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Old Apr 19, 2009, 9:36 PM   #11
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TCav wrote:
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Forget focal length. For the same angle of view, a larger image sensor has a shallower depth of field.
Only because it requires a different focal length lens to accomplish the same FOV. DOF is a lens property.
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A 100mm lens on a Canon 5D (FF) at f/16 focused at 10 feet has a total depth of field of less than 3 feet. A 50mm lens on an Olympus E520 (4/3) at f/16 focused at 10 feet has the same angle of view, but a toal depth of field of over 6 feet.


There is no doubt that a 100mm lens has less DOF than a 50mm lens at equal f-ratios. In absolute terms, you can also look at same DOF by going to f8 on the 4/3 lens. In other words, not only is it a lens property, but it is an absolute aperture property of the lens once equal FOV is established.

Aside from COC, DOF is a lens property, not a format property.
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Using the focal length and the circle of confusion is going around the block to get next door.
The equation of DOF is based on those exact things. To state what you did is to replace science so you can fly by the seat of your pants. I must say it makes no sense to me.


Greg



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Old Apr 19, 2009, 11:08 PM   #12
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I really appreciate all the help you guys TCav, Bill, Greg and Brian gave. Bill, I checked out the circle of confusion and just as it stated, it confused me. lol I will not give up though and will study the formulas when I get more time. Brian, my camera goes from 2.8 to 3.7 so I will put it on a tripod (I almost always do) and use the telephoto at the max 432 mm which should default to 3.7 and see if that gets me some blury background. Thanks again to everyone and even though you don't know me, I have read so many of all of your previous posts in this site, I feel like I know all of you.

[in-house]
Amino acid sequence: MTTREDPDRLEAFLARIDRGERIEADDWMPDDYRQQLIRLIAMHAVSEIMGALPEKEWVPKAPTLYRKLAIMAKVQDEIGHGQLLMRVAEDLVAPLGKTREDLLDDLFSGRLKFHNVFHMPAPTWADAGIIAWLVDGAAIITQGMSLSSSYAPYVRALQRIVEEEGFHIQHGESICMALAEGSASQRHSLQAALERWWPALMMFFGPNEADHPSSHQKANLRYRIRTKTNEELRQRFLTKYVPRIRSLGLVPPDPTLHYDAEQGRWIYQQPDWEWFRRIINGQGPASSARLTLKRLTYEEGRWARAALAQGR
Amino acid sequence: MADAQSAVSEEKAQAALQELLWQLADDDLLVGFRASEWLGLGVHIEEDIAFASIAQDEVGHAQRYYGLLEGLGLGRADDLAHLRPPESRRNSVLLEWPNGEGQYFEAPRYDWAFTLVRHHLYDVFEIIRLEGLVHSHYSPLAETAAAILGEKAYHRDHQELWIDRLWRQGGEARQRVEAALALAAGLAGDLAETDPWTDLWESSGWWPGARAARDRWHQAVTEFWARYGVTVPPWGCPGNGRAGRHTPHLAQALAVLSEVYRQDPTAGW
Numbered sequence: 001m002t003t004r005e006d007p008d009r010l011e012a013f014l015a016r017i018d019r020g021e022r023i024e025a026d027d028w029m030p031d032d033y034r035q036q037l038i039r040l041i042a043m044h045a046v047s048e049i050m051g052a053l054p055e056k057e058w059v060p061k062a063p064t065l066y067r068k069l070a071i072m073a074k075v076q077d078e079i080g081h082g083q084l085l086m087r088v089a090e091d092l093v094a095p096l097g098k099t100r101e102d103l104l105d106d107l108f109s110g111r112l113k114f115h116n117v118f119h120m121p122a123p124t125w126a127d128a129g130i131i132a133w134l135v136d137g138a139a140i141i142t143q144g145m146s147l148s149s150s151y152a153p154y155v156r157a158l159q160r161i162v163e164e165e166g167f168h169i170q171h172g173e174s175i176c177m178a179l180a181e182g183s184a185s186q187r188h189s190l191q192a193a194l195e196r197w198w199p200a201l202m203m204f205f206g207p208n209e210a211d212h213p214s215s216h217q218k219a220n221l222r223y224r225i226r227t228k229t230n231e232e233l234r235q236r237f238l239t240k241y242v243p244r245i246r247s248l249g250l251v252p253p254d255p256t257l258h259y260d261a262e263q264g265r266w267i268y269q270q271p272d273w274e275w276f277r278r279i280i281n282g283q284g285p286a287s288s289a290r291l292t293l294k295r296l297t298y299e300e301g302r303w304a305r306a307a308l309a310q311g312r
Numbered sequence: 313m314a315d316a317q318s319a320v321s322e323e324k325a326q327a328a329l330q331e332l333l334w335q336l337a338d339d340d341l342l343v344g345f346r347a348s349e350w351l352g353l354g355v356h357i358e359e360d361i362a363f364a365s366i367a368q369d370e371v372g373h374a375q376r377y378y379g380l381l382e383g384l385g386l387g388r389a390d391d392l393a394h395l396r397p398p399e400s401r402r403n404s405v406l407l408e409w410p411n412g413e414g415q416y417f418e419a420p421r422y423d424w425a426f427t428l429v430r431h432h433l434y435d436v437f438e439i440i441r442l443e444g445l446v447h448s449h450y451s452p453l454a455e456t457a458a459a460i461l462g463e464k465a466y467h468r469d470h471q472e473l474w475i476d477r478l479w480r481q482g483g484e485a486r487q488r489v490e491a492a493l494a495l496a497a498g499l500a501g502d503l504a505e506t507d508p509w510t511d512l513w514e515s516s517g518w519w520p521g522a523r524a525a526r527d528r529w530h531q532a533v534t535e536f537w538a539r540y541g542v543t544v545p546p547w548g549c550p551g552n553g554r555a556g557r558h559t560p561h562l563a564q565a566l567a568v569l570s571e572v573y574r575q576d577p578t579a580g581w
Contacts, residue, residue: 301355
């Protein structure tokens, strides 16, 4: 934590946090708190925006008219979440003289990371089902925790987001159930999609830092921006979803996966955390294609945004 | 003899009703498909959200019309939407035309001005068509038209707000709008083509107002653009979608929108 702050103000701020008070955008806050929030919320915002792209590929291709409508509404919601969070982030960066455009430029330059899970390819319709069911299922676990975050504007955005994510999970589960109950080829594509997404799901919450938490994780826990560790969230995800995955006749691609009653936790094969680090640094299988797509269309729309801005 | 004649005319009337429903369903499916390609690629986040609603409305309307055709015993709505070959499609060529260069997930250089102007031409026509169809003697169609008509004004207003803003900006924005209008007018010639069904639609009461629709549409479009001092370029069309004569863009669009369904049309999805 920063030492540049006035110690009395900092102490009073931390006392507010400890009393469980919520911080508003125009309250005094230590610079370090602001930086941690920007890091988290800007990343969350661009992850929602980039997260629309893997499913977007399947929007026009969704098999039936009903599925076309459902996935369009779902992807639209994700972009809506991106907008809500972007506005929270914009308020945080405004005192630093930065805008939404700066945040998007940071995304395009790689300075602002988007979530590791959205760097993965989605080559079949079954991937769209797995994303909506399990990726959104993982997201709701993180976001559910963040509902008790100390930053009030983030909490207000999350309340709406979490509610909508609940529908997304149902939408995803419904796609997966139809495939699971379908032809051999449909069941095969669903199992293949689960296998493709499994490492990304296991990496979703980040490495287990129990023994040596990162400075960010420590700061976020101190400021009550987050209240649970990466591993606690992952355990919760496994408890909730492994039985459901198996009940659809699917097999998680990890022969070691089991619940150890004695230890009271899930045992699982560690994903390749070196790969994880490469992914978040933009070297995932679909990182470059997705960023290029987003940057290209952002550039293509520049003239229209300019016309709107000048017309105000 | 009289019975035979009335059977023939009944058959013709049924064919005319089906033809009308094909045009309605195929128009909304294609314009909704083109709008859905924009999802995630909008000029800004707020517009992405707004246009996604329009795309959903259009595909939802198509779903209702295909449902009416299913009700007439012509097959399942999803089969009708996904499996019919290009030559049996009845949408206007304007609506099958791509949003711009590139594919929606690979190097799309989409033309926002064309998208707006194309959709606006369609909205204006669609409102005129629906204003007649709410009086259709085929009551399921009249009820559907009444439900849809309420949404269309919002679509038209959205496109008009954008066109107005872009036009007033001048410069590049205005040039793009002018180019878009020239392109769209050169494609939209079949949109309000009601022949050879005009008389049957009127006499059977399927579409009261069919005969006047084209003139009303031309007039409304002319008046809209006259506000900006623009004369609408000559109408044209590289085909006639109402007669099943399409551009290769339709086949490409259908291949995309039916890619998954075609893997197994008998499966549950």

Bob


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Old Apr 20, 2009, 12:36 PM   #13
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A telephoto lenses gives the impression of a shallower DOF because it compresses the background. But the actual DOF isn't really a function of focal length.

In Bob's case he wants some foliage 3 inches behind a flower to be blurred so the flower stands out. He finds that shooting macro at 35mm (eq) doesn't sufficiently blur the background. Stuff 1 foot away will be blurred, but not the close foliage. Framing the flower the same standing back and using 432mm isn't going to make the close foliage blur any more. With the higher f stop he might have a greater rather than lesser DOF. But the stuff that is blurred a foot away will appear to be only a couple of inches from the flower because of telephoto compression, giving the impression of a shallower DOF. But the foliage 3 inches from the flower will still be as sharp because he hasn't significantly altered his DOF.

This is a quote and chart from a good article on DOF:

"Note that I did not mention focal length as influencing depth of field. Even though telephoto lenses appear to create a much shallower depth of field, this is mainly because they are often used to make the subject appear bigger when one is unable to get closer. If the subject occupies the same fraction of the viewfinder (constant magnification) for both a wide angle and a telephoto lens, the total depth of field is virtually* constant with focal length! This would of course require you to either get much closer with a wide angle lens or much further with a telephoto lens, as demonstrated in the following depth of field chart:"
http://www.cambridgeincolour.com/tut...h-of-field.htm

You will notice that even a 10mm has less than 20% more DOF than a 400mm, and the DOF is constant from 50mm to 400mm. So it is reasonable to think Bob might actually increase his DOF a little going to telephoto with a higher f stop.

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Old Apr 20, 2009, 6:35 PM   #14
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Thanks Slipe, while playing around in the Cambridge tutorials you suggested, I decided to google kodak p850 macro and got this little trick which I can't wait to try out tomorrow (it is raining here now).

http://video.google.com/videoplay?do...70879980855669

There is even a short video showing the trick of how to get closer to the subject than the auto focus wants to allow. Don't know if it would work on other cameras but apparently it does on the P850. Anyway, I will try tomorrow to see if it works. Again, thanks everyone.
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Old Apr 21, 2009, 9:00 AM   #15